C’mon man, this point has been made repeatedly and you still don’t seem to understand it for what it is.

    I guess I am looking for one side or the other to have some academic rigour in their claims.

    The onus is on the original claimant to provide sufficient evidence in a clear enough manner for learned people to understand. You can’t expect “the other side” to prove a negative, it is simply their job to point out what is wrong with the original hypothesis with sufficient evidence and in a clear enough manner for learned people to understand (which has been done, at least in the case of the hockey stick, which was your original concern).

    I see the AGW crowd as having an internally consistent argument (with a few quibbles – but nothing has really touched the basic science – lots of interesting (and meaningful) arguments about past warming/cooling and whether glaciers will last 50 years or 300 years and how long before the oceans flood but not – “look – CO2 is not causing warming or even it is not human-caused CO2. And here is the science that supports the claim.”

    Now you’ve just moved the goal posts to include all of the science rather than your original question of the importance of the hockey stick. It is impossible to address all of climate science in a few paragraphs on a blog. Tsk, tsk. Stay on task, please. Reconstruction arguments are not “internally consistent,” btw, not even close.

    Mark

  24. Joel said

    Hello Jeff,
    One flimsy half-truth after another-gate. Liar, liar, pants on fire-gate.

    But another thing… where were the skeptics (myself included) during the two years when this crap was floating around in the bowl waiting to get flushed? Why didn’t we immediately begin investigating their “cites” as soon as they published them? It seems to me that these flaws are so easily identified that any of us with the inclination could have pointed out these issues and had it all over the blogosphere in a matter of weeks. I am sure there were a few voices, but it seems like most of the attention was away from the IPCC and looking more at the individually published papers and claims. How has it taken this long?

  25. Mark T said

    They were all hanging out in the “nobody will listen to you” room with a locked door. The Climategate email release unlocked the door, and now they’re all hanging out in the “everybody is listening to you” room.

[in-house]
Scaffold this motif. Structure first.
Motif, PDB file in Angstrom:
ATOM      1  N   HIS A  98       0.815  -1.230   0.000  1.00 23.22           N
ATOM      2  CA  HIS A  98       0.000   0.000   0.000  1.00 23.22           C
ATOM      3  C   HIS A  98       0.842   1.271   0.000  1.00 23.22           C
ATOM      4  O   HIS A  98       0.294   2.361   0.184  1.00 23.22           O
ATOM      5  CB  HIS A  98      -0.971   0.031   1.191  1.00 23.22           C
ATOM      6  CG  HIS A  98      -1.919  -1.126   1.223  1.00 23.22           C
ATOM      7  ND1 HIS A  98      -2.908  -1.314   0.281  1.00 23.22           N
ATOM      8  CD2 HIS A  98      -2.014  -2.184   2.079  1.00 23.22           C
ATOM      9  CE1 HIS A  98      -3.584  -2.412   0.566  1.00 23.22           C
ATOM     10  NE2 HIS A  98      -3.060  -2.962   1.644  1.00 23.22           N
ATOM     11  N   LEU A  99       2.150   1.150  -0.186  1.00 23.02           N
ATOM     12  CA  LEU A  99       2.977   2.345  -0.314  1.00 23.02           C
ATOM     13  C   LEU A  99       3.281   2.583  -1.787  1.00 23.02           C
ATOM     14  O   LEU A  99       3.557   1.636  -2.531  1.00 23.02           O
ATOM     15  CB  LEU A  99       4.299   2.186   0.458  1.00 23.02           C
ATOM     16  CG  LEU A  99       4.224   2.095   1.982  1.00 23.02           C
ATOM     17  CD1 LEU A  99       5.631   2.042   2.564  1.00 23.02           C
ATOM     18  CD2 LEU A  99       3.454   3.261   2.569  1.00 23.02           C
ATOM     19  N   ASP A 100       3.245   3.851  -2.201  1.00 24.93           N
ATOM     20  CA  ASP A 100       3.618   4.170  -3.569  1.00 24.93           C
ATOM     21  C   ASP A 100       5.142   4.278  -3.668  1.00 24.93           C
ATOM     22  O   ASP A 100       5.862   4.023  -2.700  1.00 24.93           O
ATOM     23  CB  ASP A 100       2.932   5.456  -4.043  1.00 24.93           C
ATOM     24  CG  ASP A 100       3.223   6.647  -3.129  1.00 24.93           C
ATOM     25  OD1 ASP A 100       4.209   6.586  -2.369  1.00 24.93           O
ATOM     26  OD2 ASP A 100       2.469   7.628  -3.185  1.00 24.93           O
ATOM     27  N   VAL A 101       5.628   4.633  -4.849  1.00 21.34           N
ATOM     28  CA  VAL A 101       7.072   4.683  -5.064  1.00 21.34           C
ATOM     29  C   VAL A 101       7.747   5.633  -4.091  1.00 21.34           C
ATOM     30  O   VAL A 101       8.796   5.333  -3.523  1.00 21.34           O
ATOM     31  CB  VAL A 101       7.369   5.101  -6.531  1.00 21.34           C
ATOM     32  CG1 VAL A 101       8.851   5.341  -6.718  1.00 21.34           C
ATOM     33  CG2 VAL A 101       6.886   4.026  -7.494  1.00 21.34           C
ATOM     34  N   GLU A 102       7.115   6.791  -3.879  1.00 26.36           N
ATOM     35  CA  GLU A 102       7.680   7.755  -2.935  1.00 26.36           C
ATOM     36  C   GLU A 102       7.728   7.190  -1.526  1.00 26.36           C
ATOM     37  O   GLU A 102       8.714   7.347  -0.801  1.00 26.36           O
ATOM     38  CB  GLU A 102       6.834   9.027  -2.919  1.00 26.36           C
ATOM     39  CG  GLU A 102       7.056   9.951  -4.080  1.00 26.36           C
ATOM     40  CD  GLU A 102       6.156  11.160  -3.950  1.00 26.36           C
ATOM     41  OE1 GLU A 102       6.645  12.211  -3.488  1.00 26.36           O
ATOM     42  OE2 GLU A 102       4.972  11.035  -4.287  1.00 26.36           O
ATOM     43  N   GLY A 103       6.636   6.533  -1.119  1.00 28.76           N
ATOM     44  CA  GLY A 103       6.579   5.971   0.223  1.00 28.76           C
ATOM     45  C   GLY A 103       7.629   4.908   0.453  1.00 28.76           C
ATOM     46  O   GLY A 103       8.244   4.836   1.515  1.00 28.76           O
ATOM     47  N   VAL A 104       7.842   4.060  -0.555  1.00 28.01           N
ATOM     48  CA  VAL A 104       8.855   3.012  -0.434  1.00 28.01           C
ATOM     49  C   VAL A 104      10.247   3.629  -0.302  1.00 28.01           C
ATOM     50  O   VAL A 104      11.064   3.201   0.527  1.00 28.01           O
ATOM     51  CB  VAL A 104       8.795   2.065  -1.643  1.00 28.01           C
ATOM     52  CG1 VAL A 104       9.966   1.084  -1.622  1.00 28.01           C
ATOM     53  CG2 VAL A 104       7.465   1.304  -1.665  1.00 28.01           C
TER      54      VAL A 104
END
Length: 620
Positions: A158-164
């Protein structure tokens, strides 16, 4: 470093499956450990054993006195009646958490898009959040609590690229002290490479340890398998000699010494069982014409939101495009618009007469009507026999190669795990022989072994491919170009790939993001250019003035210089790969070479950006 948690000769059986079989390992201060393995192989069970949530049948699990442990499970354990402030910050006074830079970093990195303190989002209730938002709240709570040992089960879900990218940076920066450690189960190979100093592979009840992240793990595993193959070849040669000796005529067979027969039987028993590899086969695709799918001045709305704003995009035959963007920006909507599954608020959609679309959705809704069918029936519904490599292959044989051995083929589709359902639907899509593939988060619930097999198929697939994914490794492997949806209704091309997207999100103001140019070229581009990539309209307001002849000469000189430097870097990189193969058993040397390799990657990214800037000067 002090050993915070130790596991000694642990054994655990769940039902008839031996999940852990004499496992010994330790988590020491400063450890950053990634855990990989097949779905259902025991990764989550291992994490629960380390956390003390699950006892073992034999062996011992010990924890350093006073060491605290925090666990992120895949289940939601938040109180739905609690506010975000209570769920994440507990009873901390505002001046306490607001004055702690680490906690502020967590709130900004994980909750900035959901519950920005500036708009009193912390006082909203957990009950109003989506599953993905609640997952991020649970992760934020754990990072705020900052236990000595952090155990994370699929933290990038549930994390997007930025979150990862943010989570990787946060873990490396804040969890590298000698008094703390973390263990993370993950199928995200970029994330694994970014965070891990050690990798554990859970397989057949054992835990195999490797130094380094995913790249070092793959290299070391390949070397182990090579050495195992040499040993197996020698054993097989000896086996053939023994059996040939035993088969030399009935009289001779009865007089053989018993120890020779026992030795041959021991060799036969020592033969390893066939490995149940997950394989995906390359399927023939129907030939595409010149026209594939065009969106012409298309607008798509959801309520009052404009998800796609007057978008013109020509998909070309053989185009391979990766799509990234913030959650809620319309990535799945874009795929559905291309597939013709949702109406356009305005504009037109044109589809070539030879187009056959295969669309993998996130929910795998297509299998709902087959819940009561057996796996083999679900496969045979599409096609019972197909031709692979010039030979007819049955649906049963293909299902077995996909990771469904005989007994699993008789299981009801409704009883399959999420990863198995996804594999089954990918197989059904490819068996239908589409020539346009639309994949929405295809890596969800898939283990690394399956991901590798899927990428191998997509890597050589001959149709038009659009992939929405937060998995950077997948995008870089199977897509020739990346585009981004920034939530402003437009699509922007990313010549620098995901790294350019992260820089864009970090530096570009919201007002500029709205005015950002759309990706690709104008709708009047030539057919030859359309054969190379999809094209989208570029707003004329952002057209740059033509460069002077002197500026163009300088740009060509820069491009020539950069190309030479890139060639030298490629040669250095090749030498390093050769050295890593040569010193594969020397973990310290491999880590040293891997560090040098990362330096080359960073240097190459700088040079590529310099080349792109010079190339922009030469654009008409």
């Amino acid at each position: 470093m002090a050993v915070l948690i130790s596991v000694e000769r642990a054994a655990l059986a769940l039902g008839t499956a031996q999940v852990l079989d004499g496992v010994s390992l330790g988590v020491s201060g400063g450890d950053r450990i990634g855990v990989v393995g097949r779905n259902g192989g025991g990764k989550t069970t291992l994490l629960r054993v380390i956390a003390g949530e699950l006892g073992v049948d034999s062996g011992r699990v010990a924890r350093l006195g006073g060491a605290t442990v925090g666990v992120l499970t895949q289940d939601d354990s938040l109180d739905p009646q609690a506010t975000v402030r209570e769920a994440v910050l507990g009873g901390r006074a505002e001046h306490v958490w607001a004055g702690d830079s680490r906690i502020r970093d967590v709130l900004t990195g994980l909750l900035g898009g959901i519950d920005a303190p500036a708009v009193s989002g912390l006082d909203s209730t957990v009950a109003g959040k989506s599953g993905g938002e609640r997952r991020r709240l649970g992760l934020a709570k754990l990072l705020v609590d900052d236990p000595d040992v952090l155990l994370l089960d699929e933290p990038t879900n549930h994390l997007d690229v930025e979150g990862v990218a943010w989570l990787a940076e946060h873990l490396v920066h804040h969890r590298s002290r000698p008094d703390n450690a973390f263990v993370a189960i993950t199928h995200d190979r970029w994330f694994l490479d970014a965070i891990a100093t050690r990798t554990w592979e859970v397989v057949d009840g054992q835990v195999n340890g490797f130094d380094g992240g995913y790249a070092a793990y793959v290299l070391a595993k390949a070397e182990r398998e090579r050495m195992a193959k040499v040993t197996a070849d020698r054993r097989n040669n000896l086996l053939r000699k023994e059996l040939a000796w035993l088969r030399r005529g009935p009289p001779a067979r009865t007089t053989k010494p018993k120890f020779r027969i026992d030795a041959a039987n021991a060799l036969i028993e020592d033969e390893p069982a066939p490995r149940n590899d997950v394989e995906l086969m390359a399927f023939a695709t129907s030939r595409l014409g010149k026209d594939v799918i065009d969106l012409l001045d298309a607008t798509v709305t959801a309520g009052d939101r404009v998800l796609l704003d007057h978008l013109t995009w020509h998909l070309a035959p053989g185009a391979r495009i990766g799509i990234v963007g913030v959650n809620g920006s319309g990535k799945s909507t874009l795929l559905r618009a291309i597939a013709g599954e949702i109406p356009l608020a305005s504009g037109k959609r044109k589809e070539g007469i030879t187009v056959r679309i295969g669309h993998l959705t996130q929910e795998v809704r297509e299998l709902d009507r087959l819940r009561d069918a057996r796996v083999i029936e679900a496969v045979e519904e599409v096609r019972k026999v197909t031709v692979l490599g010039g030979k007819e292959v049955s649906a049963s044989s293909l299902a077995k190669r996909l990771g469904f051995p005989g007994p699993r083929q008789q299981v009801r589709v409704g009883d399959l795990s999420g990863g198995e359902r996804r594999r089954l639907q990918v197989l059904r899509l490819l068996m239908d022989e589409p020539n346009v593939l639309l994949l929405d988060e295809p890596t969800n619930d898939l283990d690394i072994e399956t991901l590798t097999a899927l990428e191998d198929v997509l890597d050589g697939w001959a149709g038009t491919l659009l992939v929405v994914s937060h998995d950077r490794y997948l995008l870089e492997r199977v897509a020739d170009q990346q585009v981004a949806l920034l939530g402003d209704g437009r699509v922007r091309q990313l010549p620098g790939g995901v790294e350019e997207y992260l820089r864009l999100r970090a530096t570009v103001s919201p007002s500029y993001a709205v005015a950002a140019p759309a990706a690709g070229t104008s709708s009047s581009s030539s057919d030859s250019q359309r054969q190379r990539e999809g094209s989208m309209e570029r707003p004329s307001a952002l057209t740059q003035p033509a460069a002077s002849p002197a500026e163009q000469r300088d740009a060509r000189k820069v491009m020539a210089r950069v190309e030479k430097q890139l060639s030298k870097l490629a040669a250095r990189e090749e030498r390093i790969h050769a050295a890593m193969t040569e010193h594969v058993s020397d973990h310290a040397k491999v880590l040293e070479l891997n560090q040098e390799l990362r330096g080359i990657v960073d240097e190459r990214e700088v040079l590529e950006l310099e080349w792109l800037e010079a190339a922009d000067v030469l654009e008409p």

Mark

  26. actually thoughtful said

    Mark T wrote:

    From my perspective, I’d actually much rather the world to be warming. Nobody ever bothers to consider the benefits of a warmer world, one that ultimately would require less energy use to live in.

    Not sure how true this is. Cooling usually requires AC (or well built buildings). And AC requires electricity, which comes from coal or gas, which, by the time it reaches your house has lost 85% of the energy (inefficiency of combustion, line losses) – by the way about the same efficiency as on-site solar (15% efficiency). Whereas heating is usually burned on site and you get efficiencies of 80% plus (you really should be getting 95%+ at this point).

    So if it is a choice between heating the same structure 10 degrees or cooling it 10 degrees – it seems that heating it is actually less energy use and therefore less pollution.

    And I think your comment ignores a lot of research on ocean levels rising – which is going to be expensive (New Orleans gives us an example of what that might look like).

  27. actually thoughtful said

    Now you’ve just moved the goal posts to include all of the science rather than your original question of the importance of the hockey stick. It is impossible to address all of climate science in a few paragraphs on a blog. Tsk, tsk. Stay on task, please. Reconstruction arguments are not “internally consistent,” btw, not even close.

    Sorry if I did that – I realize people get confused (including myself) when a bunch of issues get thrown into the mix. So let me ask just one question here – why do we care about the hockey stick? If the data is bad then lets just stick to instrumented data – that is where I think the story is internally consistent.

    BTW – I don’t think I’ve constructed any strawman arguments. I’ve asked questions as there seem to be folks who know more than I do. It doesn’t mean I agree with what folks know. I agree with true facts and valid logic. In a previous discussion someone told me that that CO2 is 97% man-made (and they “knew” this to be true…).

    Not at all, which makes this a bit of a strawman. If the MWP was global, that just means you can’t claim “unprecedented in the last 1000 years” and have anybody believe you. FYI, we know for a fact that it has been much more that 2 C warmer in the past, anyway, during times in which there were far more species alive than modern humans have ever witnessed.

    A period that included humans? We certainly know that it was warmer when dinosaurs roamed – but I question the relevance.

    So my specific question here is what is the trusted data source that shows +2C in the “hockey stick period”?

  28. Tilde Guillemet said

    I see the AGW crowd as having an internally consistent argument (with a few quibbles – but nothing has really touched the basic science – lots of interesting (and meaningful) arguments about past warming/cooling and whether glaciers will last 50 years or 300 years and how long before the oceans flood but not – “look – CO2 is not causing warming or even it is not human-caused CO2. And here is the science that supports the claim.”